San Dieguito district to change foundations’ role in facilities rentals
The San Dieguito Union High School District is looking to make a change in how it handles the rental of school facilities.
Currently, San Dieguito allows its four high school foundations to re-rent district property. In an effort to maximize the district’s ability to generate funds to improve its buildings and minimize potential liability from third-party use, the district would like to discontinue this practice.
The district has proposed a one-year memorandum of understanding (MOU) in order to make the transition from the foundations renting district facilities to the district making them available directly to the community. As San Dieguito board President Rimga Viskanta explained it: Currently the site foundations act as landlord and the ticket office; what changes is the district takes back that landlord role while the foundation remains the ticket office.
There will be no change to the practice for the upcoming school year— to ensure that student programs are not impacted, the intent of the MOU is for the district and foundations to work together over the coming year toward the district taking over facility rentals in fall of the 2024-25 school year.
While the MOU was on the agenda for approval at the May 17 meeting, the board voted 3-2 to continue the decision to June. Both Trustees Michael Allman and Phan Anderson were prepared to approve the agreement that night. Allman said that they have been talking with the foundations about this issue for over two years and they can’t seem to make progress— he didn’t want to “kick the can” down the road any further.
“Only the district controls our facilities,” Allman said. “These assets belong to the district and the public, that’s it.”
No foundation representatives were at the meeting to provide input that night. According to Joanne Couvrette, executive director of the Canyon Crest Academy Foundation, the foundations were not involved in the preparation of the MOU.
Last summer the board recommended that staff collaborate with foundations and site principals over the board’s policies on school-connected organizations. A meeting was set for May 12 and only Couvrette and outgoing San Dieguito High School Academy Foundation Executive Director Leslie Saldana were in attendance with three principals and three board presidents —no one was there from the La Costa Canyon Foundation and the Torrey Pines Foundation does not currently have an executive director.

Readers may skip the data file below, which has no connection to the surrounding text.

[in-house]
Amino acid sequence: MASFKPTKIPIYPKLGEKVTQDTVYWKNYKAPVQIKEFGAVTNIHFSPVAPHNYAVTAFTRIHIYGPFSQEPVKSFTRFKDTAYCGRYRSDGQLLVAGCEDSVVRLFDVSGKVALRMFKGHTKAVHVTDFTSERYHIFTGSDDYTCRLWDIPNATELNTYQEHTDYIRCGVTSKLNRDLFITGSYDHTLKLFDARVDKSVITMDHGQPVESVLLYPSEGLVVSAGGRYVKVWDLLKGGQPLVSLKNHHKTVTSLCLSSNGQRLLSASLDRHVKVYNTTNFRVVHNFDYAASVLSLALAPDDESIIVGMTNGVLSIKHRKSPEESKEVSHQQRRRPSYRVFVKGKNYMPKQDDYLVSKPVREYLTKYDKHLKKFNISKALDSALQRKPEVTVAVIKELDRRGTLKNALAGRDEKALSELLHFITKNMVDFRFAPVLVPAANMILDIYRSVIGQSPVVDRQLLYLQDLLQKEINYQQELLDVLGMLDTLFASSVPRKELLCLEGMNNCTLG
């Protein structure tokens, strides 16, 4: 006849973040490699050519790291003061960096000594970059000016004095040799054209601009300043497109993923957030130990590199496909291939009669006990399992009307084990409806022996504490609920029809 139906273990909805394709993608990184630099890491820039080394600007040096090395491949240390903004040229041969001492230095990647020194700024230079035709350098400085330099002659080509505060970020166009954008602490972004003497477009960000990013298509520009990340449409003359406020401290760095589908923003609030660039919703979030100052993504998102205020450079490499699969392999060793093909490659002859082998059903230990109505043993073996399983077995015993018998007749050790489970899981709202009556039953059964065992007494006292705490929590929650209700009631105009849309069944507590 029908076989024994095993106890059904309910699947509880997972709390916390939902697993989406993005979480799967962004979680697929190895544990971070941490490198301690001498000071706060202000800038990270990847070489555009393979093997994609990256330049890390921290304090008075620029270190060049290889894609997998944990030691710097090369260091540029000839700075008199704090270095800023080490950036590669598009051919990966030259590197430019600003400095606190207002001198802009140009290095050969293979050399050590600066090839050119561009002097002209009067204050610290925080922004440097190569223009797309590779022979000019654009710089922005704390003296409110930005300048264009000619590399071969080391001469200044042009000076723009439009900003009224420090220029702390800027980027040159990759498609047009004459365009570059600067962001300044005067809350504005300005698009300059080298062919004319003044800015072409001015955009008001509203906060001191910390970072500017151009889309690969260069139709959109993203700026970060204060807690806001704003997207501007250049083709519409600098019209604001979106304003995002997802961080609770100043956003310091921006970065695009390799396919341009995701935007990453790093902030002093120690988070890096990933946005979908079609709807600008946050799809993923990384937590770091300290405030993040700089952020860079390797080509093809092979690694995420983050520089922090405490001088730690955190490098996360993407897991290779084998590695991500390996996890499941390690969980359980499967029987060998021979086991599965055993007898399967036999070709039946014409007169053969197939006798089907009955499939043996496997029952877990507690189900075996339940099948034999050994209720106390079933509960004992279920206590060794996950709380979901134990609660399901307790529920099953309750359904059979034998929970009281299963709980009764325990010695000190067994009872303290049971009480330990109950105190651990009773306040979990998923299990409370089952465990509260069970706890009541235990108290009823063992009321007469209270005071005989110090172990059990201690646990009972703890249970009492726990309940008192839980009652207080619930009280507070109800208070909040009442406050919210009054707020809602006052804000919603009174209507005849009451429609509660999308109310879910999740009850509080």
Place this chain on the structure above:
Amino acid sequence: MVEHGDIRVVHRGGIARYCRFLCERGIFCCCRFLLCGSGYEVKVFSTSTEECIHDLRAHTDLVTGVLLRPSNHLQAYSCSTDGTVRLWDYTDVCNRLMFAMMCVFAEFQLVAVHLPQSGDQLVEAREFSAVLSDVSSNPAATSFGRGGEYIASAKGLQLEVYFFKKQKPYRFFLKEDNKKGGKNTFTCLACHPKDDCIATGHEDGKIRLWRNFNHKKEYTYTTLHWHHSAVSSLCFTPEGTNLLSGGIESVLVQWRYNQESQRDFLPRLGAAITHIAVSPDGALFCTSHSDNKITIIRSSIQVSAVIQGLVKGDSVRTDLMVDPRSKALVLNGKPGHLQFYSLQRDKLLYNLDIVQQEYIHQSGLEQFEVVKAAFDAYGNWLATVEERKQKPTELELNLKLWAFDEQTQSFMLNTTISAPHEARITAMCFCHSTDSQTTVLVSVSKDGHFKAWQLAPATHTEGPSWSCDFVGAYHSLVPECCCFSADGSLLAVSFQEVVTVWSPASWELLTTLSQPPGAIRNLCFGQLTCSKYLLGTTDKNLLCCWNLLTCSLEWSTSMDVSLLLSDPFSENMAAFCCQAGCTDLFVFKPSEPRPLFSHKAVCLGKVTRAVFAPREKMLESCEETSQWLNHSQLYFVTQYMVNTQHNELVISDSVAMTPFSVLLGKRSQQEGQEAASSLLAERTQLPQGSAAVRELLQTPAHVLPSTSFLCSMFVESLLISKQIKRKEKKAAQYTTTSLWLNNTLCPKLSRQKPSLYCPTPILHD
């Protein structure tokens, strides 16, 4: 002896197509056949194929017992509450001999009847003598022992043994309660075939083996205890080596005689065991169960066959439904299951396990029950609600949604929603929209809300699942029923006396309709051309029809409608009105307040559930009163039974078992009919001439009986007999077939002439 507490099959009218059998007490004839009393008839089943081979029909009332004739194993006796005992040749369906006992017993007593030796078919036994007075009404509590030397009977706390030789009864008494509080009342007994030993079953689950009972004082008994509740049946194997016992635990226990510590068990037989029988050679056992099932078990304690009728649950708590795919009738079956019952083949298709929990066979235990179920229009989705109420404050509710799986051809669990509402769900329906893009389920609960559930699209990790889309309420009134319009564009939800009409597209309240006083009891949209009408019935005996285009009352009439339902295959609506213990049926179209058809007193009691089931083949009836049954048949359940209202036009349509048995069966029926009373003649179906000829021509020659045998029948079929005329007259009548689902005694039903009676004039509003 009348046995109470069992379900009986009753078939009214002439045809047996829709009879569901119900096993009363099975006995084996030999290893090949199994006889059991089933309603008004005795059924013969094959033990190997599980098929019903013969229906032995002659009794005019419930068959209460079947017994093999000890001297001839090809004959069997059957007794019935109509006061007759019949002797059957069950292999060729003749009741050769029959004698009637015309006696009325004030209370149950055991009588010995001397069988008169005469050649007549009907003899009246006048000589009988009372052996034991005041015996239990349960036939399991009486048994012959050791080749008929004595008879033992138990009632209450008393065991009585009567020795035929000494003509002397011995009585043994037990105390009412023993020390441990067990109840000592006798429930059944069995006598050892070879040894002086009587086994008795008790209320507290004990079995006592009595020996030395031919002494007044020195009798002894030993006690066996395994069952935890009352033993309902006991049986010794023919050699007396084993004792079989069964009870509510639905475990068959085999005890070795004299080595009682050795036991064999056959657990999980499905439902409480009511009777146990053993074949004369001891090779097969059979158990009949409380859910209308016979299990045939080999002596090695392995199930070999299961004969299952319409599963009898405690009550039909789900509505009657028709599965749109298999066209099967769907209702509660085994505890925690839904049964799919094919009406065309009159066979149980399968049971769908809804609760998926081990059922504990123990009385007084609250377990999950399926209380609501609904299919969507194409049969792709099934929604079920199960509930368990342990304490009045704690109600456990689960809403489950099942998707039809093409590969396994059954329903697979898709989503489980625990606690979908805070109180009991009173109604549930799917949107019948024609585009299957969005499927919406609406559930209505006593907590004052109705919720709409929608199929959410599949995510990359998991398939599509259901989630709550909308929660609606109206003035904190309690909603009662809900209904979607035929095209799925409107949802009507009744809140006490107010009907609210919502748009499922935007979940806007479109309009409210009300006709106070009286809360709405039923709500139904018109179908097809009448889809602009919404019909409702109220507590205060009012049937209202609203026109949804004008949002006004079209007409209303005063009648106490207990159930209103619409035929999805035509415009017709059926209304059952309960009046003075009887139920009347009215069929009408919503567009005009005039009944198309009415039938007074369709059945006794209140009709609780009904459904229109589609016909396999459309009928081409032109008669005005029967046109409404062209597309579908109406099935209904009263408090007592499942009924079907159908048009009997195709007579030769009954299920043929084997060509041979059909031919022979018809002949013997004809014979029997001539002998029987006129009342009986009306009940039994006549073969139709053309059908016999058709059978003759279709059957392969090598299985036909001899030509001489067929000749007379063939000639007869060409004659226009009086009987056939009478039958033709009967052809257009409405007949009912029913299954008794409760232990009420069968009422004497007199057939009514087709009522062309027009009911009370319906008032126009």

They were not able to see the MOU in advance.
Per the language of the MOU: “The district recognizes that re-renting or subleasing district facilities is a significant revenue stream for the foundations and immediate termination of the practice could have a catastrophic impact on district programs.”
“No one should sign a document that promises catastrophe to students,” Couvrette said. “I think that the document needs to get thrown away and start over.”
In a letter to the board, SDA Foundation President John Corcoran said that he understands that the district would like to change facilities rentals but the way the district is going about it is “not acceptable.”
“(Associate Superintendent) Douglas has promised that any funding shortfalls that occur due to this MOU will be ‘covered by the district’ and that together the district and foundation will work together over the next year to make sure they understand the situation. None of this is documented or part of the MOU,” wrote Corcoran. “Given our history I am not certain that the district can work with the foundations, and I do not believe that they are currently capable of managing the facilities as will be required.”
The foundations stepped in to help with facilities rentals when the district asked for help back in 2016. Prior to the foundations’ management hardly anybody used San Dieguito facilities as there was no structure in place, Couvrette said. All four school foundations act as managers of district real estate and have been able to make facilities rentals successful through board policy, with revenue coming in for facilities and students.